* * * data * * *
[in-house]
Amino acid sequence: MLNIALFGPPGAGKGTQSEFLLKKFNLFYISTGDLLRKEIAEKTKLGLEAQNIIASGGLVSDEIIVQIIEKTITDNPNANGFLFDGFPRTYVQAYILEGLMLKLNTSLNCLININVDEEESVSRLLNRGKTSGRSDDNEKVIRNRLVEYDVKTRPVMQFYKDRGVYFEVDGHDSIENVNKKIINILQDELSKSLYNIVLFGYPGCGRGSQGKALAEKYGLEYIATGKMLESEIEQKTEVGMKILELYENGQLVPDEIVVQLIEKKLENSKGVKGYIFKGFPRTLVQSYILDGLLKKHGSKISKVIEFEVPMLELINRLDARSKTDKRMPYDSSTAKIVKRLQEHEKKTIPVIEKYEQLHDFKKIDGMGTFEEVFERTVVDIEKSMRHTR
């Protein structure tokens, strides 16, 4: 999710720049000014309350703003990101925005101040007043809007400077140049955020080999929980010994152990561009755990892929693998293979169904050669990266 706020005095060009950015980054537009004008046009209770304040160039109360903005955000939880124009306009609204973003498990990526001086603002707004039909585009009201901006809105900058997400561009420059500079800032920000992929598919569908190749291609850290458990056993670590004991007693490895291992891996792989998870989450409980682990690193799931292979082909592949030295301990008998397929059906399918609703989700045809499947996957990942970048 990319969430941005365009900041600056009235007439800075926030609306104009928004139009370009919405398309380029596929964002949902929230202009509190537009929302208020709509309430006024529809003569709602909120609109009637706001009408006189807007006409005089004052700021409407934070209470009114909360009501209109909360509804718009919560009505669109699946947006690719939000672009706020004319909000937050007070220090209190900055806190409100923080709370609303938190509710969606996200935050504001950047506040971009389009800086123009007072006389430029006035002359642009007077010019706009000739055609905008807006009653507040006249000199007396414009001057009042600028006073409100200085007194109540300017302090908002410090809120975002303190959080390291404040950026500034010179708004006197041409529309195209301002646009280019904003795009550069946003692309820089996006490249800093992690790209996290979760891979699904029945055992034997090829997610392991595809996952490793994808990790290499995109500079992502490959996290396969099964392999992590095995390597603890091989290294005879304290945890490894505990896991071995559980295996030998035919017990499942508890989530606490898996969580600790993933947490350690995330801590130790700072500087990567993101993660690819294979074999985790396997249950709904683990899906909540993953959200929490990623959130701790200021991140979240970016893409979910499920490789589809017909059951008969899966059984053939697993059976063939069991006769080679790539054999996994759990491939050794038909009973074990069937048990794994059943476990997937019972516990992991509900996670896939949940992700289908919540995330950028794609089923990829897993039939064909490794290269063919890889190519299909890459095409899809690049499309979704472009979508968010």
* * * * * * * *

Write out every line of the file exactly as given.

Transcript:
[in-house]
Amino acid sequence: MLNIALFGPPGAGKGTQSEFLLKKFNLFYISTGDLLRKEIAEKTKLGLEAQNIIASGGLVSDEIIVQIIEKTITDNPNANGFLFDGFPRTYVQAYILEGLMLKLNTSLNCLININVDEEESVSRLLNRGKTSGRSDDNEKVIRNRLVEYDVKTRPVMQFYKDRGVYFEVDGHDSIENVNKKIINILQDELSKSLYNIVLFGYPGCGRGSQGKALAEKYGLEYIATGKMLESEIEQKTEVGMKILELYENGQLVPDEIVVQLIEKKLENSKGVKGYIFKGFPRTLVQSYILDGLLKKHGSKISKVIEFEVPMLELINRLDARSKTDKRMPYDSSTAKIVKRLQEHEKKTIPVIEKYEQLHDFKKIDGMGTFEEVFERTVVDIEKSMRHTR
């Protein structure tokens, strides 16, 4: 999710720049000014309350703003990101925005101040007043809007400077140049955020080999929980010994152990561009755990892929693998293979169904050669990266 706020005095060009950015980054537009004008046009209770304040160039109360903005955000939880124009306009609204973003498990990526001086603002707004039909585009009201901006809105900058997400561009420059500079800032920000992929598919569908190749291609850290458990056993670590004991007693490895291992891996792989998870989450409980682990690193799931292979082909592949030295301990008998397929059906399918609703989700045809499947996957990942970048 990319969430941005365009900041600056009235007439800075926030609306104009928004139009370009919405398309380029596929964002949902929230202009509190537009929302208020709509309430006024529809003569709602909120609109009637706001009408006189807007006409005089004052700021409407934070209470009114909360009501209109909360509804718009919560009505669109699946947006690719939000672009706020004319909000937050007070220090209190900055806190409100923080709370609303938190509710969606996200935050504001950047506040971009389009800086123009007072006389430029006035002359642009007077010019706009000739055609905008807006009653507040006249000199007396414009001057009042600028006073409100200085007194109540300017302090908002410090809120975002303190959080390291404040950026500034010179708004006197041409529309195209301002646009280019904003795009550069946003692309820089996006490249800093992690790209996290979760891979699904029945055992034997090829997610392991595809996952490793994808990790290499995109500079992502490959996290396969099964392999992590095995390597603890091989290294005879304290945890490894505990896991071995559980295996030998035919017990499942508890989530606490898996969580600790993933947490350690995330801590130790700072500087990567993101993660690819294979074999985790396997249950709904683990899906909540993953959200929490990623959130701790200021991140979240970016893409979910499920490789589809017909059951008969899966059984053939697993059976063939069991006769080679790539054999996994759990491939050794038909009973074990069937048990794994059943476990997937019972516990992991509900996670896939949940992700289908919540995330950028794609089923990829897993039939064909490794290269063919890889190519299909890459095409899809690049499309979704472009979508968010």